Urban Meyer’s Fate Unclear as Ohio State Meeting Drags On


COLUMBUS, Ohio — For several hours Wednesday, the Ohio State board of trustees has been meeting behind closed doors to decide what to do about the famed football coach Urban Meyer and what he knew about a domestic violence case involving one of his assistant coaches.

Meyer, one of the most successful coaches in the sport, arrived midmorning at a building just across from the football complex and went inside but, one trustee said, was not attending the meeting there. His wife, Shelley, showed up hours later, too. And in the late afternoon, some eight hours after the board began meeting, the athletic director, Gene Smith, was spotted entering the building, the Longaberger Alumni House.

As evening approached, the clamor of football practice nearby — the season begins Sept. 1 against Oregon State — could be heard under the direction of an interim coach, Ryan Day.

At stake, it seemed, was any disciplinary action the board and President Michael V. Drake would take as a result of a report it commissioned into Meyer’s actions in the domestic violence case involving the assistant coach, Zach Smith, who has been fired.

Meyer has been on paid administrative leave since Aug. 1 after allegations arose in a news report that Meyer knew that Smith had been accused of domestic abuse in 2015. Meyer had initially said he had just learned of the case, but after being put on leave he released a statement saying he misspoke and had “followed proper reporting protocols and procedures” after he had learned of the incident in 2015.

The board on Monday was briefed on the university’s report, written by the former Securities and Exchange Commission chairwoman Mary Jo White and her team from the law firm Debevoise & Plimpton.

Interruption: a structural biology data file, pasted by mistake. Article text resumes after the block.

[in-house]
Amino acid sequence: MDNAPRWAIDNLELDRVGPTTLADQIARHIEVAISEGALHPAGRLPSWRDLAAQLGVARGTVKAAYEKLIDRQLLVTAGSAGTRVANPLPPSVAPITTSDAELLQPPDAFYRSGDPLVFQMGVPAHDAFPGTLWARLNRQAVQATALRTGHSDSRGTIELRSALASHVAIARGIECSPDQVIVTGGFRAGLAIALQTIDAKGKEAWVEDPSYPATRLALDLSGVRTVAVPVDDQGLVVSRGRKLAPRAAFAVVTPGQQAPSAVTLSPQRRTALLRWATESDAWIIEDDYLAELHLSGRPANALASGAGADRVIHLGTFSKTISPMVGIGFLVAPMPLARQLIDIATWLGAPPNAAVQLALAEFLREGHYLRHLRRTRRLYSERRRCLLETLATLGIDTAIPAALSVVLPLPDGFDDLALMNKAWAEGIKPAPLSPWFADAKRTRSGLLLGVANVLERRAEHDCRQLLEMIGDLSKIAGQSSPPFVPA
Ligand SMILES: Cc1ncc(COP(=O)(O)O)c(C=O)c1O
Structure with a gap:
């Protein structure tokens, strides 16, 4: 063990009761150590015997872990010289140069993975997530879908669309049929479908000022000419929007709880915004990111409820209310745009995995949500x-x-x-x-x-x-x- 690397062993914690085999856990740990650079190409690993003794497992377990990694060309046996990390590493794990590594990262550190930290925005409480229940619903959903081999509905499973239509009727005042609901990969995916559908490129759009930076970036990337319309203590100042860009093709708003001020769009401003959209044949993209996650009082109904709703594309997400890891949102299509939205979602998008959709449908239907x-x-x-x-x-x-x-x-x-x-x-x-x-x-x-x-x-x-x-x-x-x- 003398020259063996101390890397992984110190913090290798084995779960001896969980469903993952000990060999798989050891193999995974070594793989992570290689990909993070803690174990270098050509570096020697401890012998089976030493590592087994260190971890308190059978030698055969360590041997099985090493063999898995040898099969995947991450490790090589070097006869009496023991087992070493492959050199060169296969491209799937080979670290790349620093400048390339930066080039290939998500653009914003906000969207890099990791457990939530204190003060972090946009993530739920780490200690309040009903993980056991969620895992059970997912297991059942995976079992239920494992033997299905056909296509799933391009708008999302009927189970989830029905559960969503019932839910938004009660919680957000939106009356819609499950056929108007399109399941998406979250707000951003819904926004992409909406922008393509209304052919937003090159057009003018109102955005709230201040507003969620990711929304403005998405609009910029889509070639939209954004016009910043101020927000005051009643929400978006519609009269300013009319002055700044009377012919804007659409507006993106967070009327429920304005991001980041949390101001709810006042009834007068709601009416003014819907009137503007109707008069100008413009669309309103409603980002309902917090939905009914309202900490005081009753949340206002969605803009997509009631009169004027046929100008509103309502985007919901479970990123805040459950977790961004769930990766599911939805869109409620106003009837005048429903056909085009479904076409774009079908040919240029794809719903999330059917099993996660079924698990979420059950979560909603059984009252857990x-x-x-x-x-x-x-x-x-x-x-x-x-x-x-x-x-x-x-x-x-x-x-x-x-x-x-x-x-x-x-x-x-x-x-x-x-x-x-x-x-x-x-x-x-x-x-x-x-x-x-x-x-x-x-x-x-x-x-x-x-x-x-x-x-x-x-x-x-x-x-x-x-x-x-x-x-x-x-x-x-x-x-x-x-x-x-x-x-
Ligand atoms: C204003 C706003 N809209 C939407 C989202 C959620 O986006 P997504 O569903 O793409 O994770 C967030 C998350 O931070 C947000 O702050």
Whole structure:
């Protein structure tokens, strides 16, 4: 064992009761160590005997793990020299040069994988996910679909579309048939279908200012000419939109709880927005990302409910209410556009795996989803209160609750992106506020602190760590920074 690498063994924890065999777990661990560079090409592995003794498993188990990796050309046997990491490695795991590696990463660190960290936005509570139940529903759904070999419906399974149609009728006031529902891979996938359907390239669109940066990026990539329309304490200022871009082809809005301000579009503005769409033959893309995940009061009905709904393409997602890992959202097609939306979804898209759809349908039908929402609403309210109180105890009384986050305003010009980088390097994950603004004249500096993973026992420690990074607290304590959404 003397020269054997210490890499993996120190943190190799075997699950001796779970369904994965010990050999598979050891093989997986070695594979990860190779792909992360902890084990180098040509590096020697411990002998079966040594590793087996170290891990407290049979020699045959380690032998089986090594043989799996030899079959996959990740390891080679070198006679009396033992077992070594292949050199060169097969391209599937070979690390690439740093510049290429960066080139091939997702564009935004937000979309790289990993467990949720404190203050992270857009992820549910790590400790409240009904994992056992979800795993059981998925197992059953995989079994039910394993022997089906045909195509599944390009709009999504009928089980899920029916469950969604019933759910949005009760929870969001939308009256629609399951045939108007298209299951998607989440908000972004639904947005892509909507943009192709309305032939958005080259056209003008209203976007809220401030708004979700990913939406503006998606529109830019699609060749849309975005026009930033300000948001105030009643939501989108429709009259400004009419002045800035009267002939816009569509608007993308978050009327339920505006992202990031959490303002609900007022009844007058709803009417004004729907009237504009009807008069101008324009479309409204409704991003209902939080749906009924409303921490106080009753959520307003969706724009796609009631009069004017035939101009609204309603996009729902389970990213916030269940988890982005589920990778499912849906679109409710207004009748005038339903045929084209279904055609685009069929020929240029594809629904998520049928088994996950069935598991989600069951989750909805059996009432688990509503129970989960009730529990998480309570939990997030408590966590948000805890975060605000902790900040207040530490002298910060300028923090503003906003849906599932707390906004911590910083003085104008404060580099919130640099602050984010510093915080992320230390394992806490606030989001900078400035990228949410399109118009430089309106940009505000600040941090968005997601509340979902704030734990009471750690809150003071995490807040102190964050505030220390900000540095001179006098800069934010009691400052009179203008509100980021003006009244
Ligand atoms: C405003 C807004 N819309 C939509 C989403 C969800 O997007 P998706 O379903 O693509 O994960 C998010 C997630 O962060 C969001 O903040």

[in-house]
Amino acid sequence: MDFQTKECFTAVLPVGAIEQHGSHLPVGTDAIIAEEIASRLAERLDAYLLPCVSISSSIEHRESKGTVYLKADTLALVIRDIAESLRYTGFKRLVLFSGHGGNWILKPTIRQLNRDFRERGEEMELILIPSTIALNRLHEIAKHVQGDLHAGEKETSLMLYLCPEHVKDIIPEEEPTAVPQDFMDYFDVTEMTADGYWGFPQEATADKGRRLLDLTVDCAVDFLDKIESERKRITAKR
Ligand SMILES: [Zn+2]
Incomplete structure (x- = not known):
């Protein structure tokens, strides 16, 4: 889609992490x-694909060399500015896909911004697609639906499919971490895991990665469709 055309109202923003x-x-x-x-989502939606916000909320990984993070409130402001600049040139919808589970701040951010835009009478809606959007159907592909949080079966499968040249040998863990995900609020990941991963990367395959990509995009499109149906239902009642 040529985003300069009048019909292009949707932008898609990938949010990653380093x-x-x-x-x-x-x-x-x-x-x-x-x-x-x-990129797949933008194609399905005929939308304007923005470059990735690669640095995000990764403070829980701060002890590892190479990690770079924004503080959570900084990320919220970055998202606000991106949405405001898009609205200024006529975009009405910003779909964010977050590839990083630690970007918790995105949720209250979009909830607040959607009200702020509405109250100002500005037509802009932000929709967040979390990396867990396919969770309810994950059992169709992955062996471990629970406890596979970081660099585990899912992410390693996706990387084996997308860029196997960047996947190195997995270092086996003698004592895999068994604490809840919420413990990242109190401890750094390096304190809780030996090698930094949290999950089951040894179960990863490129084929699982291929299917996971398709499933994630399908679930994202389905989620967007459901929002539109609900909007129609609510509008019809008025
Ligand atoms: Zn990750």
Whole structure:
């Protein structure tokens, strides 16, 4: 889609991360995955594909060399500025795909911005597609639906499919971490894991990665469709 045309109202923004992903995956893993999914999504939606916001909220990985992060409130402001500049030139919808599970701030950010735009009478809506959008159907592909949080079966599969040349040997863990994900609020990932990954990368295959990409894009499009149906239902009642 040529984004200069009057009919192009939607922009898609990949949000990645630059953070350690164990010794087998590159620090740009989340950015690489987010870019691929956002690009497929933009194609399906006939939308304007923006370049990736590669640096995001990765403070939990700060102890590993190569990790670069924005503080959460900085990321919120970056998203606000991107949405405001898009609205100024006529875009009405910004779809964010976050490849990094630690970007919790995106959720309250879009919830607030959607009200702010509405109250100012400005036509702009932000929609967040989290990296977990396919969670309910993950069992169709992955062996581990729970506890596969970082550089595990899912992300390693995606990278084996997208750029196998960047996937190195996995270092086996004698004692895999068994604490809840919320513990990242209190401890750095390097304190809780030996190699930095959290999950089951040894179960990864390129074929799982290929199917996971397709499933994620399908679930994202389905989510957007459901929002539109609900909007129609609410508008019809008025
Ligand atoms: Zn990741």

Drake is expected to decide Meyer’s fate sometime this week.

Smith was fired July 23 after a report by the independent journalist Brett McMurphy on Facebook said that Smith’s wife, Courtney, had requested a protection order against him and that Smith had also been accused of domestic violence in 2009, when he was an assistant to Meyer at the University of Florida, and in 2015, when they were both at Ohio State.

Courtney Smith, who is now divorced from Zach Smith, had said that Meyer’s wife, Shelley, had extensive knowledge of the abuse allegations in 2015, McMurphy reported. Courtney Smith’s story was supported by text messages, according to the report.

A week earlier, at a news conference for the Big Ten Conference, Meyer said that he had known of the 2009 accusations and that he and his wife had talked with the Smiths after the police investigation. But when confronted with questions about the 2015 incident during the news conference, Meyer said he had learned of the accusations only the night before.

The following week, he retracted that denial, saying in his statement that he had failed to be “clear, compassionate and, most of all, completely accurate” in his previous comments.

Meyer won two national championships at Florida in the 2000s and one at Ohio State after the 2014 season. He also coached at Bowling Green and Utah. His career coaching record is 177-31, with an 11-3 record in bowl games.

At Florida, along with the national championships came a string of players getting into trouble with the law. He left the university in 2010, citing health reasons, but was hired a season later by Ohio State when the team was reeling from a tattoos for cash scandal.

He righted the team quickly, going undefeated in his first season, in which the team was ineligible for bowl games, and then winning the national title in his third. He has not lost more than two games in any of his six seasons in Columbus. Ohio State’s revival has been mirrored by the rise of the Big Ten, which now rivals the Southeastern Conference as the best in the country.

Meyer is set to make $7.6 million this season, among the highest salaries for college football coaches, and his contract runs through 2022.

Ohio State has also been embroiled in a scandal over sex abuse: More than 100 former students have said that Richard H. Strauss, a former university employee and team doctor, had sexually abused them. Representative Jim Jordan, Republican of Ohio, was an assistant wrestling coach at Ohio State while Strauss was there and has faced questions about what he knew. He has denied knowledge of the allegations.

An assistant diving coach has also been accused of being involved in an abusive relationship with a teenage athlete.

Original Article


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